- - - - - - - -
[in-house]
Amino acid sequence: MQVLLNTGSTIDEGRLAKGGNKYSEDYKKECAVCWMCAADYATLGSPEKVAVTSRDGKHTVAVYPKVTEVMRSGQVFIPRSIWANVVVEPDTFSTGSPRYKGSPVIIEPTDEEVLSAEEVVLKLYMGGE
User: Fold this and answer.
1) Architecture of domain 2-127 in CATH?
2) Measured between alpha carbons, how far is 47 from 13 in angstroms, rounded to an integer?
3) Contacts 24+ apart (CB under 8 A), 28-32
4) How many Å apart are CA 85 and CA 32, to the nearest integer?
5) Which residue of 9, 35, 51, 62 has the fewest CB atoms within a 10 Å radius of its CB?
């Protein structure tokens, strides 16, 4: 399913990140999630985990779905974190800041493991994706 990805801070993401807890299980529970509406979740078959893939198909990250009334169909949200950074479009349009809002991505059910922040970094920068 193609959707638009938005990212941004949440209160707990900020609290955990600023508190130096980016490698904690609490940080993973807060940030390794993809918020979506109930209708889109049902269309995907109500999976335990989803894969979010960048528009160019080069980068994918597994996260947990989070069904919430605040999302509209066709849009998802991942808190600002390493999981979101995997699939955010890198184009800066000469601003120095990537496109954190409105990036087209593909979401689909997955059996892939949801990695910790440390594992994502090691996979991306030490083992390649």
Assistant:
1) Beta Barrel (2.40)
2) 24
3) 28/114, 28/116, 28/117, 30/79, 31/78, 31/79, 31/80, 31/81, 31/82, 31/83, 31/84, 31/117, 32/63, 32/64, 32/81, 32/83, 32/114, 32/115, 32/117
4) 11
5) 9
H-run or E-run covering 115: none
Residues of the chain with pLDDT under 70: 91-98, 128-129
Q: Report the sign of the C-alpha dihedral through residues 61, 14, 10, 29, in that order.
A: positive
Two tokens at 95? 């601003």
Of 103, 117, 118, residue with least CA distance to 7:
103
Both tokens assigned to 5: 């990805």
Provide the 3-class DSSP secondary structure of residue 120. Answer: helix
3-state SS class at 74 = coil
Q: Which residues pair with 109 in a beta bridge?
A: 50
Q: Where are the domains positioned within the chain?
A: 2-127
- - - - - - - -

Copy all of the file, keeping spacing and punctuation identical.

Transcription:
[in-house]
Amino acid sequence: MQVLLNTGSTIDEGRLAKGGNKYSEDYKKECAVCWMCAADYATLGSPEKVAVTSRDGKHTVAVYPKVTEVMRSGQVFIPRSIWANVVVEPDTFSTGSPRYKGSPVIIEPTDEEVLSAEEVVLKLYMGGE
User: Fold this and answer.
1) Architecture of domain 2-127 in CATH?
2) Measured between alpha carbons, how far is 47 from 13 in angstroms, rounded to an integer?
3) Contacts 24+ apart (CB under 8 A), 28-32
4) How many Å apart are CA 85 and CA 32, to the nearest integer?
5) Which residue of 9, 35, 51, 62 has the fewest CB atoms within a 10 Å radius of its CB?
């Protein structure tokens, strides 16, 4: 399913990140999630985990779905974190800041493991994706 990805801070993401807890299980529970509406979740078959893939198909990250009334169909949200950074479009349009809002991505059910922040970094920068 193609959707638009938005990212941004949440209160707990900020609290955990600023508190130096980016490698904690609490940080993973807060940030390794993809918020979506109930209708889109049902269309995907109500999976335990989803894969979010960048528009160019080069980068994918597994996260947990989070069904919430605040999302509209066709849009998802991942808190600002390493999981979101995997699939955010890198184009800066000469601003120095990537496109954190409105990036087209593909979401689909997955059996892939949801990695910790440390594992994502090691996979991306030490083992390649």
Assistant:
1) Beta Barrel (2.40)
2) 24
3) 28/114, 28/116, 28/117, 30/79, 31/78, 31/79, 31/80, 31/81, 31/82, 31/83, 31/84, 31/117, 32/63, 32/64, 32/81, 32/83, 32/114, 32/115, 32/117
4) 11
5) 9
H-run or E-run covering 115: none
Residues of the chain with pLDDT under 70: 91-98, 128-129
Q: Report the sign of the C-alpha dihedral through residues 61, 14, 10, 29, in that order.
A: positive
Two tokens at 95? 């601003």
Of 103, 117, 118, residue with least CA distance to 7:
103
Both tokens assigned to 5: 């990805």
Provide the 3-class DSSP secondary structure of residue 120. Answer: helix
3-state SS class at 74 = coil
Q: Which residues pair with 109 in a beta bridge?
A: 50
Q: Where are the domains positioned within the chain?
A: 2-127